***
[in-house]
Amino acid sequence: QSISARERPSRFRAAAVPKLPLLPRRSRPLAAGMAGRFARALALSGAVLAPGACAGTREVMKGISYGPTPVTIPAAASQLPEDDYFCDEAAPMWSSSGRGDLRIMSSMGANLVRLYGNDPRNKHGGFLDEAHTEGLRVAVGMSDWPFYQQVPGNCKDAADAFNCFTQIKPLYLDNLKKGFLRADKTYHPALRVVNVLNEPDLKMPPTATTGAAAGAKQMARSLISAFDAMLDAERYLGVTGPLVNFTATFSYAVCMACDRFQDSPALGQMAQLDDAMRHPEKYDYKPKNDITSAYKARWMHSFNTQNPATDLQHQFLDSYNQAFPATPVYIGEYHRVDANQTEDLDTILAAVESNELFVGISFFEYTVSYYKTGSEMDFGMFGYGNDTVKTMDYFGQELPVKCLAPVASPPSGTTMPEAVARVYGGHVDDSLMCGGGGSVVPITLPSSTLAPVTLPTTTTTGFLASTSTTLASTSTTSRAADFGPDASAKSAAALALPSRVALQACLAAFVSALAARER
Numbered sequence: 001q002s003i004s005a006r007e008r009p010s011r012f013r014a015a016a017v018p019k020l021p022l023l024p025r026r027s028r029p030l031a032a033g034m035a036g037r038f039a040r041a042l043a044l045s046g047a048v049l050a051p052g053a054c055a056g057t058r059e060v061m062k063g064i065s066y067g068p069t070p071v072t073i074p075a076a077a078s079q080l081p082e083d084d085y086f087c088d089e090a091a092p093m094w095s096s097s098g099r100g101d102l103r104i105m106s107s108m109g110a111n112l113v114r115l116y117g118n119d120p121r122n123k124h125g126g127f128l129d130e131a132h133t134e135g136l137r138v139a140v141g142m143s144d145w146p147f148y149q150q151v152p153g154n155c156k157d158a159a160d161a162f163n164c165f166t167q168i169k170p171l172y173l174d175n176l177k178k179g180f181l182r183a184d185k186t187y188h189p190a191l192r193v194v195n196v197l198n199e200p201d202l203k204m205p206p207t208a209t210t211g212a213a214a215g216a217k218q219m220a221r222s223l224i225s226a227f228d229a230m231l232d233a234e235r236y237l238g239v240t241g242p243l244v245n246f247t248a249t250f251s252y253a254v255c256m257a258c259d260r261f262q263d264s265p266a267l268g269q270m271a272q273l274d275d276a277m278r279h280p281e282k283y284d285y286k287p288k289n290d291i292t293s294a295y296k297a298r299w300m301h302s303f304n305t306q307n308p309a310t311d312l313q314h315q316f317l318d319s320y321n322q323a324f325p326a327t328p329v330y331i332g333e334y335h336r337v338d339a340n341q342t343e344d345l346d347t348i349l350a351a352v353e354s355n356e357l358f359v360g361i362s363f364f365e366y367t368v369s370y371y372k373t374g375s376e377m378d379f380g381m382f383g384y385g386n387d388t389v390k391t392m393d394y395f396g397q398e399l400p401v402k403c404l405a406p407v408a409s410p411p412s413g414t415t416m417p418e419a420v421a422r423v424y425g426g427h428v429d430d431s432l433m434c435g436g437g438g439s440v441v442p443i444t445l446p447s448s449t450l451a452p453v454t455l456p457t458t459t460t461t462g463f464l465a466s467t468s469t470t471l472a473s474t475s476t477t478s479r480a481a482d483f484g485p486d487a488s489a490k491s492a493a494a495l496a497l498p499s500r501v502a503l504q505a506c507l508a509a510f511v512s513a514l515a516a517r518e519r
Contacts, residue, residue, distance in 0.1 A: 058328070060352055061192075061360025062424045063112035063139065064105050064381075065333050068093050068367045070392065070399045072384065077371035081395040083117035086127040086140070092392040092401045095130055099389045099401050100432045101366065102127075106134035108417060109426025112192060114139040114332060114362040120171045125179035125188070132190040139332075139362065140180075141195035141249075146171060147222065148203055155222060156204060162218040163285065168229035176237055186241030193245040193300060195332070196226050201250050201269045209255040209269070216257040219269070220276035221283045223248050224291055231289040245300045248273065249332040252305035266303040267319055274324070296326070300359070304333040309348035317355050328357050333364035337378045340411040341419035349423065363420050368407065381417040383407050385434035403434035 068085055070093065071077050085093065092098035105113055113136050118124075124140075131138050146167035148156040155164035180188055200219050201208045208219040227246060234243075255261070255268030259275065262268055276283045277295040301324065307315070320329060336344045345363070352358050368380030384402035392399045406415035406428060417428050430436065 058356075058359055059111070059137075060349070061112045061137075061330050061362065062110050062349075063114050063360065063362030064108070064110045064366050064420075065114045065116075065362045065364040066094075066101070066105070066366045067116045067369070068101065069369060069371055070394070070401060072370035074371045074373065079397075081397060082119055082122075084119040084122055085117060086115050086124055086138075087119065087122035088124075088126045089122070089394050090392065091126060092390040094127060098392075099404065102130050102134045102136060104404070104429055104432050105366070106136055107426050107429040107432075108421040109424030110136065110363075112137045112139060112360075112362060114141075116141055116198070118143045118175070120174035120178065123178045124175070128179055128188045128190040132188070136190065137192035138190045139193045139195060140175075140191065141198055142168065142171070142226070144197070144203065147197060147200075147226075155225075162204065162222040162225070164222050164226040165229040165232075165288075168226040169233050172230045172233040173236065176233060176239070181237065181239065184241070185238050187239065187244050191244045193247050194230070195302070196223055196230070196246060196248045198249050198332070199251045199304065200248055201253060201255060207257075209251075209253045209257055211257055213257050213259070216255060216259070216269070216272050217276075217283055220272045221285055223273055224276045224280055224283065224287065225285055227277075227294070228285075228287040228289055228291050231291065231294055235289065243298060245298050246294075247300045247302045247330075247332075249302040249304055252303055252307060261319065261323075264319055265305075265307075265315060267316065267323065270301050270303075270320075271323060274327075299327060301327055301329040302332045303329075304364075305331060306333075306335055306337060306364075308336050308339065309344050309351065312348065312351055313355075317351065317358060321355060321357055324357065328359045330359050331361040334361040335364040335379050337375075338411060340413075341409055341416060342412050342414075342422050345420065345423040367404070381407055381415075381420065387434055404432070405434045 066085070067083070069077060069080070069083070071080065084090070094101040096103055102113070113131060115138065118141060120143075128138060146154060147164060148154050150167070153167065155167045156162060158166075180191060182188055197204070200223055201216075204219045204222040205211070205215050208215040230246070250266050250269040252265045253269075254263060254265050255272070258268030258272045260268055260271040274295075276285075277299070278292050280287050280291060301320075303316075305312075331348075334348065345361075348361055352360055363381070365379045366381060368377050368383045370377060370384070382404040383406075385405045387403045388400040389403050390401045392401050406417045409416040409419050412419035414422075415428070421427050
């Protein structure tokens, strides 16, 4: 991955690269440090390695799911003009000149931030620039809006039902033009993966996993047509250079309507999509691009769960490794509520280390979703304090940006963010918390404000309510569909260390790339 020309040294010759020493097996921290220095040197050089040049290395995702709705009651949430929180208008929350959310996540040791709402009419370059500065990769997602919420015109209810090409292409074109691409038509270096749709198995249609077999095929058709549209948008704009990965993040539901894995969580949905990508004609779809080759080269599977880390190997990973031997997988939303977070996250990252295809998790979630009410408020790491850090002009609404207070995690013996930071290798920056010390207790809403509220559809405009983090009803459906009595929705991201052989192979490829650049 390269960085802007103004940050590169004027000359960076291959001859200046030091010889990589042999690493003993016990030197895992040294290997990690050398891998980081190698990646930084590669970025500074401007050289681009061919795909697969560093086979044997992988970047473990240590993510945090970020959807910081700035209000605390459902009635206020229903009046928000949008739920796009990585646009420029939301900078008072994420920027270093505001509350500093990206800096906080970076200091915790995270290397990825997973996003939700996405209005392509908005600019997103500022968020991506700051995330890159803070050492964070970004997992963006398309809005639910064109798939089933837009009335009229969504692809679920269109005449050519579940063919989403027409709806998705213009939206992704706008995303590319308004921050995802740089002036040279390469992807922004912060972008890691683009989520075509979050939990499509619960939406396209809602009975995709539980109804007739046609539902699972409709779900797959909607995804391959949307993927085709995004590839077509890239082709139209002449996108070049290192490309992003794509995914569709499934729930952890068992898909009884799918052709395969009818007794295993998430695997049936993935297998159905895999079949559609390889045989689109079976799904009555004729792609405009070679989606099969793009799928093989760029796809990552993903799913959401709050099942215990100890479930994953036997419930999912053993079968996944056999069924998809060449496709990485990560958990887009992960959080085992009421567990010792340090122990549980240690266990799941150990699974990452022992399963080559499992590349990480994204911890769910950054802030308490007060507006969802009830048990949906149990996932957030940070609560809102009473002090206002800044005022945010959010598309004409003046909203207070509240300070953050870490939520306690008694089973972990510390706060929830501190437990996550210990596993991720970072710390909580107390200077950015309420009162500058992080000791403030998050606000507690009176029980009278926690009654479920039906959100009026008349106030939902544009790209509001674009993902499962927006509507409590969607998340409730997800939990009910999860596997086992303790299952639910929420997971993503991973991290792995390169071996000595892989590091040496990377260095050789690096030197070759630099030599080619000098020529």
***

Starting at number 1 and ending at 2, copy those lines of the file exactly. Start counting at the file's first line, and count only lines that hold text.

[in-house]
Amino acid sequence: QSISARERPSRFRAAAVPKLPLLPRRSRPLAAGMAGRFARALALSGAVLAPGACAGTREVMKGISYGPTPVTIPAAASQLPEDDYFCDEAAPMWSSSGRGDLRIMSSMGANLVRLYGNDPRNKHGGFLDEAHTEGLRVAVGMSDWPFYQQVPGNCKDAADAFNCFTQIKPLYLDNLKKGFLRADKTYHPALRVVNVLNEPDLKMPPTATTGAAAGAKQMARSLISAFDAMLDAERYLGVTGPLVNFTATFSYAVCMACDRFQDSPALGQMAQLDDAMRHPEKYDYKPKNDITSAYKARWMHSFNTQNPATDLQHQFLDSYNQAFPATPVYIGEYHRVDANQTEDLDTILAAVESNELFVGISFFEYTVSYYKTGSEMDFGMFGYGNDTVKTMDYFGQELPVKCLAPVASPPSGTTMPEAVARVYGGHVDDSLMCGGGGSVVPITLPSSTLAPVTLPTTTTTGFLASTSTTLASTSTTSRAADFGPDASAKSAAALALPSRVALQACLAAFVSALAARER